Consider this: You’re at your CES booth, handing out free pens, bags, or brochures, when an attendee representing a retailer of whom you’ve never heard approaches you. After you introduce your product line, he decides he’d like to make a surprisingly large order.
Or you’re in your office and a retailer you do know rings you up or sends you an email to place an order far larger than they’ve ever placed previously.
Or a large, well-established national chain with well-publicized financial problems contacts you to place a substantial order.
These are all tempting offers—but are they risks worth taking?
According to a recent TWICE survey, many vendors rely on less than perfect methods to check the credit viability of a prospective retailer: more than half of the respondents said they rely on references or other human intelligence; another 27 percent rely on credit manager knowledge or experience; and 22 percent of vendors conduct a simple Internet search.
These methods will yield a variety of results without giving you an accurate picture of a retailer’s ability to pay for the order. The only way to be sure that you’re not shipping products into a black hole is to know the payment and credit history of the retailer. And it’s difficult to check the credibility of any retailer who visits your CES booth or calls you.
Yet, shockingly, less than a quarter of respondents avail themselves of the services of an outside credit checking company.
Who Pays When
A financial services company that offers accounts receivable (AR) management services maintains a large database of retailers and wholesalers to determine their creditworthiness based on their payment histories, among other things. We’re talking about a running payment record tally showing the transactions of thousands of retailers compiled over several decades.
An AR management company is likely to have a longer and more accurate credit history for an unknown retailer than your credit manager, other vendor executives, the Internet, or a crystal ball. You’ll get an up-to-the-minute and accurate assessment of a retailer’s ability to pay.
Best of all, clients can readily access some of an AR management company’s retailer credit data online or via a smartphone app. So the information is always available to your sales staff, whether they’re engaging with a potential retail customer at your CES booth, on a sales visit, or on the phone with an existing customer.
Of course, the picture that this sales data paints isn’t always complete and may not be cut-and-dry. We know there are times when your heart is tempted to overrule your head. You really want to ship those goods, despite what the data says.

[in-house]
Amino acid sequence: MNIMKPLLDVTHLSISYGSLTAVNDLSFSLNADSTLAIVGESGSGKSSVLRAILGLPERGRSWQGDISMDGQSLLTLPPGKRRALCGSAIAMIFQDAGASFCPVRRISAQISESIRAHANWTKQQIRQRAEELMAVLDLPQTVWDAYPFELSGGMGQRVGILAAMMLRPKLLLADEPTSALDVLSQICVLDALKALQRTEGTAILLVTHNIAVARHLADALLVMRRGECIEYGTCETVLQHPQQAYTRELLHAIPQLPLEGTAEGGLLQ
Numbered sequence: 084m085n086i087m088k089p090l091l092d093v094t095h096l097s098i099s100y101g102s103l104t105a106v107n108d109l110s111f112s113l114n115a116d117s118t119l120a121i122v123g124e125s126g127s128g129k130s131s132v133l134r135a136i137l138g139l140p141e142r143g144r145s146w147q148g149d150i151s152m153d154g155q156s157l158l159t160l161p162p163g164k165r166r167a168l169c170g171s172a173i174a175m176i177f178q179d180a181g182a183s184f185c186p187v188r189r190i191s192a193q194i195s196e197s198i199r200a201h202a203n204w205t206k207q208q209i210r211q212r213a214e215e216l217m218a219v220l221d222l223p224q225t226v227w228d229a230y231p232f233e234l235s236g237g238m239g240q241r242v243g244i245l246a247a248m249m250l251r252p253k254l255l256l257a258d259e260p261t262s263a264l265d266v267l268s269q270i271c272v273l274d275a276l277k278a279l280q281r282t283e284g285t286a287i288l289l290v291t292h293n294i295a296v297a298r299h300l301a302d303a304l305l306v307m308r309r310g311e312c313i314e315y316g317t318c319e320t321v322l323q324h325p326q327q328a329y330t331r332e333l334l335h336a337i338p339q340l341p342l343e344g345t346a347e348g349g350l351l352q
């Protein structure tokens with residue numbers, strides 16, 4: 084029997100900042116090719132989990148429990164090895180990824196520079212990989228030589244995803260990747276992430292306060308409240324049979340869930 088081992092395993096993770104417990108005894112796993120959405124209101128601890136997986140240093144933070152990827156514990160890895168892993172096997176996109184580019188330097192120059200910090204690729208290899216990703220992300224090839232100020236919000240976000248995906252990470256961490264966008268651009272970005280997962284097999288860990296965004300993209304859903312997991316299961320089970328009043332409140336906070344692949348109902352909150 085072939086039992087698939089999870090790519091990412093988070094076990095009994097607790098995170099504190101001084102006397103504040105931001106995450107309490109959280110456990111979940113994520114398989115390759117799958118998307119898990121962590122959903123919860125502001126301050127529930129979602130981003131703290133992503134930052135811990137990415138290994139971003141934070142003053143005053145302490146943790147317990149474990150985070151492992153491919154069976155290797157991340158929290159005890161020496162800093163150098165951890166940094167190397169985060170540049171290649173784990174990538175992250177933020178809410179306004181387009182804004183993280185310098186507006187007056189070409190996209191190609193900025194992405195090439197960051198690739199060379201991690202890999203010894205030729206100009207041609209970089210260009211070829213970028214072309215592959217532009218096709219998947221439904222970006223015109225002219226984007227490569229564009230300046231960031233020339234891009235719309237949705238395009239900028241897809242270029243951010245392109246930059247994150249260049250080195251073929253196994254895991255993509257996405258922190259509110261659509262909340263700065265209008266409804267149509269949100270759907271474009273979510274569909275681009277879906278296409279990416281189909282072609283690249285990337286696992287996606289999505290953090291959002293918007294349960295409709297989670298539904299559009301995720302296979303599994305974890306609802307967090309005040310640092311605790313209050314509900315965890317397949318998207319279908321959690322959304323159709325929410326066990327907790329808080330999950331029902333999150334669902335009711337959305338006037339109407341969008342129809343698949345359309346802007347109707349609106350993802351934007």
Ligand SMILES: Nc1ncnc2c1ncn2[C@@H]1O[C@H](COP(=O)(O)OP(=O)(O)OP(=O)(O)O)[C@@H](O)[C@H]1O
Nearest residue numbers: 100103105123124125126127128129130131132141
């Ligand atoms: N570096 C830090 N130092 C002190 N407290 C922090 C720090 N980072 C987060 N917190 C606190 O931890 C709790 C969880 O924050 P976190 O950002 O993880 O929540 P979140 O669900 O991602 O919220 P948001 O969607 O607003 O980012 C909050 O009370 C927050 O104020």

In these cases when you feel as though you want to follow a hunch or make an exception, or when the data is borderline, if you’re a client of an AR management company, such as CIT, you can speak with your dedicated client service officer to better understand the creditworthiness of a specific retailer and their ability to pay. The client service officer often has access to information that allows him or her to take deeper data dives and provide more detailed analysis of a retailer’s record, which can assist you in making your decision whether or not to sell to the retailer.
Having access to accurate and up-to-date credit checks means you may be able to sell to retailers you might not have been able to otherwise, allowing you to expand your reach and your revenues. With accurate credit checks made by an AR management company, knowledge isn’t just power—it’s profit, too.
Click here to see more information on consumer electronics industry credit protection on the CE Financial Strategies Center.
Niraj Lal is a business development officer at CIT Commercial Services specializing in factoring and asset-based lending solutions for consumer product companies including consumer electronics, housewares, and apparel. He is an active member in various business associations including the Consumer Technology Association (CTA), the Small Business Council, the California Fashion Association, and The Professional Club (TPC). He is an advisory board member for the Commercial Finance Conference of California’s (CFCC) Young Professionals Group, which specializes in developing high-potential individuals within the financial services community. A graduate of the University of Miami with a B.B.A. in marketing and a minor in art history, Niraj was born and raised in the San Fernando Valley of Southern California.